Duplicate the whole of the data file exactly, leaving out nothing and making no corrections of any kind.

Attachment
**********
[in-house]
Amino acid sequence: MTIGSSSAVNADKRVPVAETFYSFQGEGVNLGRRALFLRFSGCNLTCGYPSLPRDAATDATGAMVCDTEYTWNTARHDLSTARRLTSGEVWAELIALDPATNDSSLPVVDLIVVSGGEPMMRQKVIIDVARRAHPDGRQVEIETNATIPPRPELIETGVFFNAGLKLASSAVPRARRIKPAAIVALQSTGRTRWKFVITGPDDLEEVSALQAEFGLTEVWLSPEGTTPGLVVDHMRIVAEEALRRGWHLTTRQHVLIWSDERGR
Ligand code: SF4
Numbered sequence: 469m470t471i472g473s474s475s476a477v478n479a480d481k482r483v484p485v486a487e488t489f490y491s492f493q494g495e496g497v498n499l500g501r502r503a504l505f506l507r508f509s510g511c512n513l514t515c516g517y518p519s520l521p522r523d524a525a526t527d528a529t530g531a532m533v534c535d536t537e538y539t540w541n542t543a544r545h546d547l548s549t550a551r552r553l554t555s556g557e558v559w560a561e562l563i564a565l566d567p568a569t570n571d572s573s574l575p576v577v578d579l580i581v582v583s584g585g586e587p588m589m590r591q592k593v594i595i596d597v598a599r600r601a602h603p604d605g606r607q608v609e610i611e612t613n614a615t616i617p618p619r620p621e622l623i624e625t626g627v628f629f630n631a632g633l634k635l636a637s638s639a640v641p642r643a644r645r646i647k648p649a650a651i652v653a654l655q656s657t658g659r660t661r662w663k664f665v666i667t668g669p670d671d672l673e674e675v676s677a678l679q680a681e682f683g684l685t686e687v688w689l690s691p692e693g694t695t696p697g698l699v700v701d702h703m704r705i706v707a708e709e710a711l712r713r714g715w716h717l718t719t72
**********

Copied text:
[in-house]
Amino acid sequence: MTIGSSSAVNADKRVPVAETFYSFQGEGVNLGRRALFLRFSGCNLTCGYPSLPRDAATDATGAMVCDTEYTWNTARHDLSTARRLTSGEVWAELIALDPATNDSSLPVVDLIVVSGGEPMMRQKVIIDVARRAHPDGRQVEIETNATIPPRPELIETGVFFNAGLKLASSAVPRARRIKPAAIVALQSTGRTRWKFVITGPDDLEEVSALQAEFGLTEVWLSPEGTTPGLVVDHMRIVAEEALRRGWHLTTRQHVLIWSDERGR
Ligand code: SF4
Numbered sequence: 469m470t471i472g473s474s475s476a477v478n479a480d481k482r483v484p485v486a487e488t489f490y491s492f493q494g495e496g497v498n499l500g501r502r503a504l505f506l507r508f509s510g511c512n513l514t515c516g517y518p519s520l521p522r523d524a525a526t527d528a529t530g531a532m533v534c535d536t537e538y539t540w541n542t543a544r545h546d547l548s549t550a551r552r553l554t555s556g557e558v559w560a561e562l563i564a565l566d567p568a569t570n571d572s573s574l575p576v577v578d579l580i581v582v583s584g585g586e587p588m589m590r591q592k593v594i595i596d597v598a599r600r601a602h603p604d605g606r607q608v609e610i611e612t613n614a615t616i617p618p619r620p621e622l623i624e625t626g627v628f629f630n631a632g633l634k635l636a637s638s639a640v641p642r643a644r645r646i647k648p649a650a651i652v653a654l655q656s657t658g659r660t661r662w663k664f665v666i667t668g669p670d671d672l673e674e675v676s677a678l679q680a681e682f683g684l685t686e687v688w689l690s691p692e693g694t695t696p697g698l699v700v701d702h703m704r705i706v707a708e709e710a711l712r713r714g715w716h717l718t719t72